George W. Taylor (general)
|George William Taylor|
Brig. Gen. George W. Taylor
November 22, 1808|
High Bridge, New Jersey
|Died||August 31, 1862
|Place of burial||Presbyterian Churchyard|
|Allegiance||United States of America
|Service/branch||United States Navy
United States Army
|Years of service||1827–1831 (Navy)
1847–1848; 1861–1862 (Army)
|Unit||Army of the Potomac|
|Commands held||1st Brigade, 1st Division, VI Corps|
George William Taylor (November 22, 1808 – August 31, 1862) was a general in the Union Army during the American Civil War. He commanded a brigade in the Army of the Potomac before being mortally wounded at the Battle of Manassas Station in Northern Virginia. The poem "The General's Death" by Joseph O'Connor was based on George W. Taylor's death.
Early life and career
Taylor was born at "Solitude," the family's mansion near High Bridge, New Jersey, which was the home to five generations of the Taylor family. He was the son of Arch Taylor, a prominent local businessman. Taylor graduated from a private military academy in Middletown, Connecticut. George W Taylor joined his fathers company as an ironworker with Taylor Iron Works. Taylor Iron Works/Taylor Wharton is the oldest foundry in US History and the 13th longest continually operating company in the world history (Economist 2004)
In 1827, Taylor joined the United States Navy as a midshipman, serving aboard the USS Fairfield during her Mediterranean deployment from 1828-1831. When the ship returned to the U.S., he resigned from the Navy and entered his family's mercantile business. With the outbreak of the war with Mexico in 1846, he became a captain in the 10th U.S. Infantry under Zachary Taylor the followin year. While in Mexico, he developed a reputation for discipline and order among his men. He also cultivated a strong friendship with Philip Kearny, a fellow future Civil War general.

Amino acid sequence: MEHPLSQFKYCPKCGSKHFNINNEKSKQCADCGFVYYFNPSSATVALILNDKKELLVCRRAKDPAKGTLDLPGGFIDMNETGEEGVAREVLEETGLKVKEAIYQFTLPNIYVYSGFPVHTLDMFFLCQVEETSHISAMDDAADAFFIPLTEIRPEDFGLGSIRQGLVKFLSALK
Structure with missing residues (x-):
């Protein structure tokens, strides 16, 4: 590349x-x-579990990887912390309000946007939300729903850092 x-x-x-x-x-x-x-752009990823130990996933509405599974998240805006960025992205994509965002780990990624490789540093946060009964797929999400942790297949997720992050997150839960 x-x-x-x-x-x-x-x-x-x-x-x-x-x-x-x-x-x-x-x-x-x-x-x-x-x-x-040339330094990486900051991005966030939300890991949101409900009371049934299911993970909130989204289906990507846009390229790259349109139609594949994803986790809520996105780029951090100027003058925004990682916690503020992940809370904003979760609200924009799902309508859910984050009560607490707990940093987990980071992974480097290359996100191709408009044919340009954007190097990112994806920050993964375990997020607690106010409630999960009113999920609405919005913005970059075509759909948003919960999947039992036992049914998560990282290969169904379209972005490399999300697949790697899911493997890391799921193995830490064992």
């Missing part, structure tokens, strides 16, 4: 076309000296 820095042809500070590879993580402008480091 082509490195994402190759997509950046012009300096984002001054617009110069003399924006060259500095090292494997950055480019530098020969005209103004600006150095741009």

After receiving his honorable discharge with the end of the hostilities, Taylor joined the California Gold Rush and spent three years mining at Corte Madera, California, (near San Francisco) before returning to New Jersey, where he engaged in the manufacturing of iron until the Civil War erupted in early 1861.
Civil War service
Taylor helped recruit and organize what became the 3rd New Jersey Volunteer Infantry in May 1861 and was appointed by Governor Olden as the new regiment's first colonel. His son, Archibald II, served as his aide-de-camp. Taylor was involved in the fighting at the First Battle of Bull Run. Later, his 3rd New Jersey was brigaded with the 1st, 2nd, and 4th New Jersey Volunteer Infantry to make up what became famed as the "First New Jersey Brigade". Taylor's regiment served in the 1st Brigade, 1st Division of the VI Corps, in numerous battles in the Seven Days Battles during the end of the Peninsula Campaign.
When his mentor and friend Kearny was elevated to division command in June 1862, Taylor was promoted to brigadier general (date of rank May 9, 1862) of the 1st New Jersey Brigade, leading it in the Seven Days Battles. During the Northern Virginia Campaign, his brigade was sent down from Washington to scout out Confederate troop movements. On August 27, the brigade stumbled into Stonewall Jackson's entire corps and was quickly routed. Taylor suffered a severe leg wound from an artillery shell and died in a Washington hospital four days later.
His body was transported to Clinton, New Jersey, via train, where hundreds of people turned out for his funeral. He was buried there in Riverside Cemetery (also known as Clinton Presbyterian Churchyard). A year later, his nephew was killed at the Battle of Chancellorsville and buried beside him.
- Eicher, John H., and Eicher, David J., Civil War High Commands, Stanford University Press, 2001, ISBN 0-8047-3641-3.
- U.S. War Department, The War of the Rebellion: a Compilation of the Official Records of the Union and Confederate Armies, U.S. Government Printing Office, 1880–1901.
- "George W. Taylor". Find a Grave. Retrieved 2009-04-16.